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Fighter on Fighter: Breaking down UFC 214’s Jon Jones resident fighter analyst -- and aspiring professional fighter -- Andrew Richardson breaks down the mixed martial arts (MMA) game of UFC 214 headliner Jon Jones, who looks to recapture the strap this Saturday night (July 29, 2017) inside Honda Center in Anaheim, California.

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Arguably the greatest of all time, Jon Jones, will square off with Ultimate Fighting Championship (UFC) strap-hanger, Daniel Cormier, this Saturday night (July 22, 2017) at UFC 214 inside Honda Center in Anaheim, California.

Recapping the previous 2.5 years of Jones’ life since his victory over Cormier at UFC 182, frankly, has become boring. We all know Jones is a fantastic fighter, one of the best to ever do this thing. We also all know that he fucks up outside the cage more frequently than most. At some point, the endlessly repeated story of Jones’ inner battles grows tired.

Luckily, his abilities inside the cage will never not be fascinating, so let’s take a closer look at his skill set.


Jones packs one of the most diverse arsenals in the sport. While his game could be described accurately as a combination of outside kicking specialist and clinch mauler, he works with so many different and uncommon weapons from those ranges that it’s not very helpful for potential opponents.

Despite drawing techniques from many different martial arts, most of Jones’ attacks capitalize on his significant height and reach advantage. Jones puts that edge to use by battering his opponent from the outside. To that end, Jones has become a spectacular kicker. More than that, Jones is a man with fantastic kicks who's entirely unconcerned about the possibility of having his kick caught and being forced to wrestle or clinch.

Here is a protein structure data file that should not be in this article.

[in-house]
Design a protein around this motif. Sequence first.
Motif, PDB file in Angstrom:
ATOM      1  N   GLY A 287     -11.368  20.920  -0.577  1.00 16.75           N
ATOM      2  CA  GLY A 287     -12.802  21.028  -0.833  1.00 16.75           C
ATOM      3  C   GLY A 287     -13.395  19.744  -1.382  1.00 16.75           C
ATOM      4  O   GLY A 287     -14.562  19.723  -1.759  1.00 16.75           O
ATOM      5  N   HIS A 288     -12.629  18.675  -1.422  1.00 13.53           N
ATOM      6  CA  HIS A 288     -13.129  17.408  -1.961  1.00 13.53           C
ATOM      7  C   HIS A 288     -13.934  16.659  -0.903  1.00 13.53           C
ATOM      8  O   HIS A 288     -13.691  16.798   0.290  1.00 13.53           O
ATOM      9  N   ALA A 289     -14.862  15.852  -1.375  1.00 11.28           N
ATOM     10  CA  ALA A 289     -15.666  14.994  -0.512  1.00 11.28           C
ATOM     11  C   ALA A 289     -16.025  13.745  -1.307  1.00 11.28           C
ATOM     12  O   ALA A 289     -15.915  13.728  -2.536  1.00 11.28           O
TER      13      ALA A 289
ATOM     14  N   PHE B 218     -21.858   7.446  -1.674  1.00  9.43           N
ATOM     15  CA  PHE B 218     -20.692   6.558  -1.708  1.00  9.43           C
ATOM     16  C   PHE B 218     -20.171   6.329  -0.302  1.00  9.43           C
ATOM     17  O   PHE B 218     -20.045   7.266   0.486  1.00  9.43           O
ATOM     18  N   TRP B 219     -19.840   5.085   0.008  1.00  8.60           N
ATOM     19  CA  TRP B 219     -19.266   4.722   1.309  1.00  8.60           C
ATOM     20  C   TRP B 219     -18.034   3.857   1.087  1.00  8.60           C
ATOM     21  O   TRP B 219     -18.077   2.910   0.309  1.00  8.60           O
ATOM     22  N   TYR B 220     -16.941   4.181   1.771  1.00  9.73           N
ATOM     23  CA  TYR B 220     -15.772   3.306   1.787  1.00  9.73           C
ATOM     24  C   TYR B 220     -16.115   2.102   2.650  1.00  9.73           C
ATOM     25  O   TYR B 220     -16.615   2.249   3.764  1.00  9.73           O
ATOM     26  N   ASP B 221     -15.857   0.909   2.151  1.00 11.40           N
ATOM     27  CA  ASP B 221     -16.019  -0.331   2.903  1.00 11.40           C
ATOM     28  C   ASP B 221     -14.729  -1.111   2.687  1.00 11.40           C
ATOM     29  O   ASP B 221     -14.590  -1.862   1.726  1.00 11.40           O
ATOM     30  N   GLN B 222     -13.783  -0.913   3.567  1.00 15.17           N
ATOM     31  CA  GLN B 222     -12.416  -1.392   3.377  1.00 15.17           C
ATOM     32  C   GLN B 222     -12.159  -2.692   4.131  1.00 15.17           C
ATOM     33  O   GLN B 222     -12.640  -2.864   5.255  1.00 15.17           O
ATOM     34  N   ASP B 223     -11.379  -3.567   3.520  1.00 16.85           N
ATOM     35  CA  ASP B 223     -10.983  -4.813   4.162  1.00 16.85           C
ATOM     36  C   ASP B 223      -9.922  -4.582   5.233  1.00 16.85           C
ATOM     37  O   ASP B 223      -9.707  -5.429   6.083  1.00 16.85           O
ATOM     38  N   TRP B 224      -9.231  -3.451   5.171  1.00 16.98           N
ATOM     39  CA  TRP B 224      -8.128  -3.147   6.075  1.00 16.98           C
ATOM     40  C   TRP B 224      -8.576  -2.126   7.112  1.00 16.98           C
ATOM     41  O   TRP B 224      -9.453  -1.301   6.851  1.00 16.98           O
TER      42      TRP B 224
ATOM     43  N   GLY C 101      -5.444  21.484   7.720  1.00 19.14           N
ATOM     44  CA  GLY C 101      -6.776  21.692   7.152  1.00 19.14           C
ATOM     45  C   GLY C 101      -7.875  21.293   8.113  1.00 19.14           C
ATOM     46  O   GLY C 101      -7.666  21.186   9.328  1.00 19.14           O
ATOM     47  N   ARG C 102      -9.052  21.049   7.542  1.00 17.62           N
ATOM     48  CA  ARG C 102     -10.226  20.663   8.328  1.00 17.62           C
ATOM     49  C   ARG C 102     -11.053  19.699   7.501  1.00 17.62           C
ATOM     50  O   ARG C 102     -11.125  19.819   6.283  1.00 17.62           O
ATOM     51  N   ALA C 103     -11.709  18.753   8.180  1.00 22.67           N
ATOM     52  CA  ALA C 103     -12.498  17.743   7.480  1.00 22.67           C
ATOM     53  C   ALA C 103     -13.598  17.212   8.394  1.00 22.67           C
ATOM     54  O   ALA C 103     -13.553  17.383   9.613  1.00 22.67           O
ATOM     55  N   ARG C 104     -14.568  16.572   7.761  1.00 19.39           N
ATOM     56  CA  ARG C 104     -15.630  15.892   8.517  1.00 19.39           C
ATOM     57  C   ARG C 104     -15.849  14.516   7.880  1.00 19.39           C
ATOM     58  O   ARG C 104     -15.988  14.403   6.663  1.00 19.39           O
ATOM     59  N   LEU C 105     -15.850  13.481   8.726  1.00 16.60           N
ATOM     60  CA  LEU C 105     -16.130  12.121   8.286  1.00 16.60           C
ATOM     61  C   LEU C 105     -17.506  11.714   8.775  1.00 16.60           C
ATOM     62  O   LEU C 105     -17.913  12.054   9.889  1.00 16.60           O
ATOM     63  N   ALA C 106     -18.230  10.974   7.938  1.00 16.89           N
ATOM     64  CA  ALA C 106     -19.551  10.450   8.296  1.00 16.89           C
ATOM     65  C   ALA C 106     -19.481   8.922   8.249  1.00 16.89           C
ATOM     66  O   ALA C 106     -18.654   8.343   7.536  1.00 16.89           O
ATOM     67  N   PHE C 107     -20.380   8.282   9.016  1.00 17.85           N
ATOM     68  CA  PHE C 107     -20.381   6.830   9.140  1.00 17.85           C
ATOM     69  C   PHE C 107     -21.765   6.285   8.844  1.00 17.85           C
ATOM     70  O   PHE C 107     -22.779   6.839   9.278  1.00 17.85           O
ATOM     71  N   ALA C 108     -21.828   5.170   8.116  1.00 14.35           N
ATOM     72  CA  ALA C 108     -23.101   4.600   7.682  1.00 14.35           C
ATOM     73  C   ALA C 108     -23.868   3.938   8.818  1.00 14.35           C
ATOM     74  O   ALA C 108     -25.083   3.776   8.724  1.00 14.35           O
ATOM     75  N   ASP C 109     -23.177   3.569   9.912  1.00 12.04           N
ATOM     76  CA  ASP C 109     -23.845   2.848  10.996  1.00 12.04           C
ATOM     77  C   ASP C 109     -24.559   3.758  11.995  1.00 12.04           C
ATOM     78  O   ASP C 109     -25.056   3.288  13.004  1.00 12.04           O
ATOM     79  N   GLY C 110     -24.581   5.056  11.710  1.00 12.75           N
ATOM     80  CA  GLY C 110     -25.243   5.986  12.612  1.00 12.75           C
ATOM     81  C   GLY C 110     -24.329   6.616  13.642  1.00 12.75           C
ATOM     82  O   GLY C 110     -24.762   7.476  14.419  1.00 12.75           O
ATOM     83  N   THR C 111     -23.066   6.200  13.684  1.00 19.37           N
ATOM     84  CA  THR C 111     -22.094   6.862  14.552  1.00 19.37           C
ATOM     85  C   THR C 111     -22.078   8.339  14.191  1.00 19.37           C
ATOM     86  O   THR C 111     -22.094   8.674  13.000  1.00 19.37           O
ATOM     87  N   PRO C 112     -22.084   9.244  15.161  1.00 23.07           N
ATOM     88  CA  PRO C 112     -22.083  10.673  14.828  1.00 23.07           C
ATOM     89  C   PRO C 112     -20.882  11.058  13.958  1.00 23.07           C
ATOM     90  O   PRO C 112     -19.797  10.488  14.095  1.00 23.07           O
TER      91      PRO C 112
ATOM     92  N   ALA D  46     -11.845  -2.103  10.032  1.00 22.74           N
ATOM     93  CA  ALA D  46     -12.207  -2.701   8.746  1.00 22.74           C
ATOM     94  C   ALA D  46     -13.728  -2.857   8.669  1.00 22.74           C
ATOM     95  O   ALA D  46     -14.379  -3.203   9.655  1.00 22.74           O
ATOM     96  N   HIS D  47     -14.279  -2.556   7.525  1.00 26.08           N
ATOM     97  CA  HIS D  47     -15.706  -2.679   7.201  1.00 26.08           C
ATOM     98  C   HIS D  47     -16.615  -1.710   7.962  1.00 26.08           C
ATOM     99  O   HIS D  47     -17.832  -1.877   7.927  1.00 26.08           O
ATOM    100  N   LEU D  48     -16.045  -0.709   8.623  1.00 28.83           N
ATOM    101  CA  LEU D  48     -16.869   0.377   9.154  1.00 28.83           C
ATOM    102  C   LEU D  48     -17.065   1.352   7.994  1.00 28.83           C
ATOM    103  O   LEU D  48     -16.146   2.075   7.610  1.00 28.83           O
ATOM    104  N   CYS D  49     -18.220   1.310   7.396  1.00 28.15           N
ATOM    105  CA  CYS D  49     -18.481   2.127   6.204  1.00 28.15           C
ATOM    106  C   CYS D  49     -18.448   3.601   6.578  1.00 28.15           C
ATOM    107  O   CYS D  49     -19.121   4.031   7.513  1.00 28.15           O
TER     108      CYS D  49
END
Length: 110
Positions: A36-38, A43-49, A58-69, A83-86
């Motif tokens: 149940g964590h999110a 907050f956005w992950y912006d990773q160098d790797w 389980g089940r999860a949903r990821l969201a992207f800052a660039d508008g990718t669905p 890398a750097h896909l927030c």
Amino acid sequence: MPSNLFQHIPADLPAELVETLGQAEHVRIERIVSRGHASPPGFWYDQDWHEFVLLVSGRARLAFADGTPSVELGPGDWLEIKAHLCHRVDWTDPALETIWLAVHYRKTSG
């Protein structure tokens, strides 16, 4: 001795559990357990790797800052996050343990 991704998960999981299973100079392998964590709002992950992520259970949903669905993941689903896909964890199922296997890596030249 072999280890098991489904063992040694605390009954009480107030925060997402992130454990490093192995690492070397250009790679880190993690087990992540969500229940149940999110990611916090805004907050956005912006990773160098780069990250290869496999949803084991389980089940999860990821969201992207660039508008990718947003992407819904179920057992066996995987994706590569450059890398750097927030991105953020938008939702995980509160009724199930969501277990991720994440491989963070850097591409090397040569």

In fact, he invites takedown and clinch attempts, as he thrives there.

Early on, Jones goes to work with his kicks and refuses to allow him opponent time to find their rhythm or range. It’s very difficult to defend against Jones’ offense from this range, as he simply attacks with so many different techniques. Plus, Jones’ opponent is usually too far away to effectively fight back. Lastly, many of his kicks are to the legs and body, which are effective at slowing his foe and causing him to hesitate (GIF).

Many of Jones’ kicks are designed to enforce range and break his opponent down. In this week’s technique highlight, we took a look at some of those kicking techniques:

Because of the kicks in the above video and his other range weapons, many fighters have shelled up and accepted defeat. Since they cannot fight from his range and get abused for trying to change the situation, it’s not all that hard to see why.

To this day, Jones' most devastating use of these kicks came against "Rampage" Jackson (GIF). Jones dismantled his power punching opponent. By the third round, Jackson was barely throwing with any power and could do little to stop his opponent's takedowns. On the other hand, Jones showed how these kicks could simply nullify his opponent in his last bout. After a couple rounds, St. Preux was fatigued and wounded, rarely throwing more than one strike at a time largely because of his opponent’s painful kicking assault (GIF). Many people point to this performance as one of Jones’ weaker wins, but he still shutout his opponent almost entirely with kicks from distance.

On the feet, Alexander Gustafsson was the only man to ever find consistent success with Jones. While he did occasionally trade kicks with "Bones," Gustafsson did most of his work from the boxing range, an area in which the Swede has more experience than his similarly lanky foe. While that fight showed some holes in Jones’ pure boxing skill, it’s not exactly a weak area, either. Like many Jackson-Wink fighters, Jones likes to pick his shots with short combinations rather than engage in longer exchanges. To set up his punches, Jones feints well and usually takes the initiative to close the distance himself rather than wait for his opponent to get inside (GIF).